It’s hard to know where to start with all that Munich has to offer. Bavaria’s capital and largest city holds the bar high as an economic powerhouse, popular tourist attraction, and a major centre of arts and culture. Despite being bombed into oblivion during World War II, Munich has rebuilt itself stronger and better than ever. In 2015, Munich was rated fourth city in the world with the highest quality of living. It’s a home to global corporations like BMW, Allianz and Siemens and has the lowest unemployment rate in Germany. Its historic architecture, rowdy beer halls and elegant parks make Munich a desirable place to live, play, and visit. Oktoberfest, the largest folk festival in the world, alone attracts 5 to 7 million tourists to Munich a year. All things considered, Munich seemed to be the perfect place to end our Bavarian adventure!
Mural exterior of the Altes Rathaus
Bamberg has stumbled out of a medieval fantasy, trailing the seductive, smoky scent of Rauchbier behind it. If enchantment is the game, Bamberg is top of its class luring you in with hearty food and Bamberg’s distinctive smoky beer. The entire Aldstadt (“Old town”), with its medieval flair and distinctive photo ops, has been designated a UNESCO heritage site. Each of Bamberg’s seven rolling hills are topped with its own church and often a bevy of other historic landmarks. Our couchsurfing host from Nuremberg dropped us off one sunny day, and I couldn’t have been more excited to get started exploring.
Nuremberg is a beautiful German city with a checkered past. The second-largest city in Bavaria, Nuremberg’s exquisite, timber-frame buildings and dark beer bring tourists thronging all year-round. The old town in particular is well-preserved and beautifully captures the image of traditional Bavaria. That’s not even mentioning that Nuremberg has been a thriving hub culturally, artistically, and economically for centuries. It was the centre of the German Renaissance and birthplace of the great artist Albrecht Dürer and composer Johann Pachelbel (Pachelbel’s Canon, anyone?). Yet what made Nuremberg such a successful urban entity is also what attracted the interest of the Nazi party.
After bidding adieu to most of the family, Nathanael, Braeden and I found ourselves having lunch in a bustling square in Freiburg, the first stop on our German adventure. Students filled the cafe-lined plaza and nearby beer garden, taking full advantage of the fact that this cheerful city is Germany’s warmest with 2000 hours of annual sunshine. Ready to say hello to Freiburg? Continue reading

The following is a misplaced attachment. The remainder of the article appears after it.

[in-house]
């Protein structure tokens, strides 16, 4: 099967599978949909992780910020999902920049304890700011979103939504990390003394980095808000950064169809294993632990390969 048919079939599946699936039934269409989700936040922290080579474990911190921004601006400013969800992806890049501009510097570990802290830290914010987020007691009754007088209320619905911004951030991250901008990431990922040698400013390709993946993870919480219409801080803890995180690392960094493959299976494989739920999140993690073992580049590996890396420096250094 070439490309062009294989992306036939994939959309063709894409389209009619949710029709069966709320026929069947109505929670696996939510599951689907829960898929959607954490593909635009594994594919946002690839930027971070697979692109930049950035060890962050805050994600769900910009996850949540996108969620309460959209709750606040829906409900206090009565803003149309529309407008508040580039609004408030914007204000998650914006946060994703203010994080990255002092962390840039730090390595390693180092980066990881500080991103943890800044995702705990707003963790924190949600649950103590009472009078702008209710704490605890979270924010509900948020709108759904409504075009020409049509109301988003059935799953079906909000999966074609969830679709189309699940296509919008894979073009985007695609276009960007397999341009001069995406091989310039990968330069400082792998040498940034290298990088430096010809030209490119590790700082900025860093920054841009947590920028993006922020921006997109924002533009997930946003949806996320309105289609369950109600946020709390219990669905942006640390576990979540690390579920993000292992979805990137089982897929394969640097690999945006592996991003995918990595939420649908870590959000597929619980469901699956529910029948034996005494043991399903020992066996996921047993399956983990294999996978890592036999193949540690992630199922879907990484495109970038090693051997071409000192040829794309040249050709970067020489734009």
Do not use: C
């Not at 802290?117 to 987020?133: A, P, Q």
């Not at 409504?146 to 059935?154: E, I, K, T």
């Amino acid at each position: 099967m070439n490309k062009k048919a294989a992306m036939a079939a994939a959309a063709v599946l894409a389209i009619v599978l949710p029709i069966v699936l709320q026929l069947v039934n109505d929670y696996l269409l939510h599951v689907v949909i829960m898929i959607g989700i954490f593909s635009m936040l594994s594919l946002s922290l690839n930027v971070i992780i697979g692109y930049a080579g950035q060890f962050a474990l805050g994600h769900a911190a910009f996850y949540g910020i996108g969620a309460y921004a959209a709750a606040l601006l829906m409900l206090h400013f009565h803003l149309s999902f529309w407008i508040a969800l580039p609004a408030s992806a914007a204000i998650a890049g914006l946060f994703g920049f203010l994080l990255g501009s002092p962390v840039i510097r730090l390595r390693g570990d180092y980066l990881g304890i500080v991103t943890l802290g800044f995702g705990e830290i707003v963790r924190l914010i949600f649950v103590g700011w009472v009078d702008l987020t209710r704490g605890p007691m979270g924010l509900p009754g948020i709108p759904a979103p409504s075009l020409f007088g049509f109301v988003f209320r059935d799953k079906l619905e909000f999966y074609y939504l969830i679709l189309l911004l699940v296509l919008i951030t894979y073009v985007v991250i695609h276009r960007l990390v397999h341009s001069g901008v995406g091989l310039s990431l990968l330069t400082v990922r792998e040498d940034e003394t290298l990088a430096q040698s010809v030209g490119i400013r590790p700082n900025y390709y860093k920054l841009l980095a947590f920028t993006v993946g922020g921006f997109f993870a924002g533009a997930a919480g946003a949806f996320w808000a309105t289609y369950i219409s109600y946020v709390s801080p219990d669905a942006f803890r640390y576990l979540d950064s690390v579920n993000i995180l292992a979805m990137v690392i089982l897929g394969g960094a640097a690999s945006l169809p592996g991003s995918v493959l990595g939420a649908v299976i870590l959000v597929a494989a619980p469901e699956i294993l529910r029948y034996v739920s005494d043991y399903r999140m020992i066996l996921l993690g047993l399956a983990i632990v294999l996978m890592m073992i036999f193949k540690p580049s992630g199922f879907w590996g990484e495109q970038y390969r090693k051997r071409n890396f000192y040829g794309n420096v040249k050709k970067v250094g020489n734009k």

Top Five of Austria
Next up in my Top Five series… Austria! We spent about a month in Austria this past December, and though we visited only two cities, we still felt like there was something new to see every day. Nat and I both loved the tantalizing collection of chocolate and pastries available in every cafe and bakery, Austria’s transportation is amazing (although expensive), and their wiener schnitzel is delicious! So I hope you guys enjoy a quick list of five of my favourite places in Austria.
A few people have been asking me about what kinds of Scandinavian food we’ve been having so far, so I wanted to take a second to tell you all a bit about what we’ve been eating!
First up, Norwegian fish cakes or fiskeboller. Mostly made from spices, flour, and fish puréed in a blender, they look like pancakes but with a dense consistency, and are very tasty! Siv (Nathanael’s cousin) made them for us one night and they were delicious. We had them with Norwegian potato dumplings served with a sweet sauce.
We crossed the bridge from Sweden to Copenhagen. In the water towered several wind turbines, blades spinning silently in the distance. The bridge snaked to the other side of the border and we saw Denmark stretching out, a flat plate of land the Danes call home. We were dropped off near the central station, and swinging are packs onto our backs we set out to figure out where we were going to go next.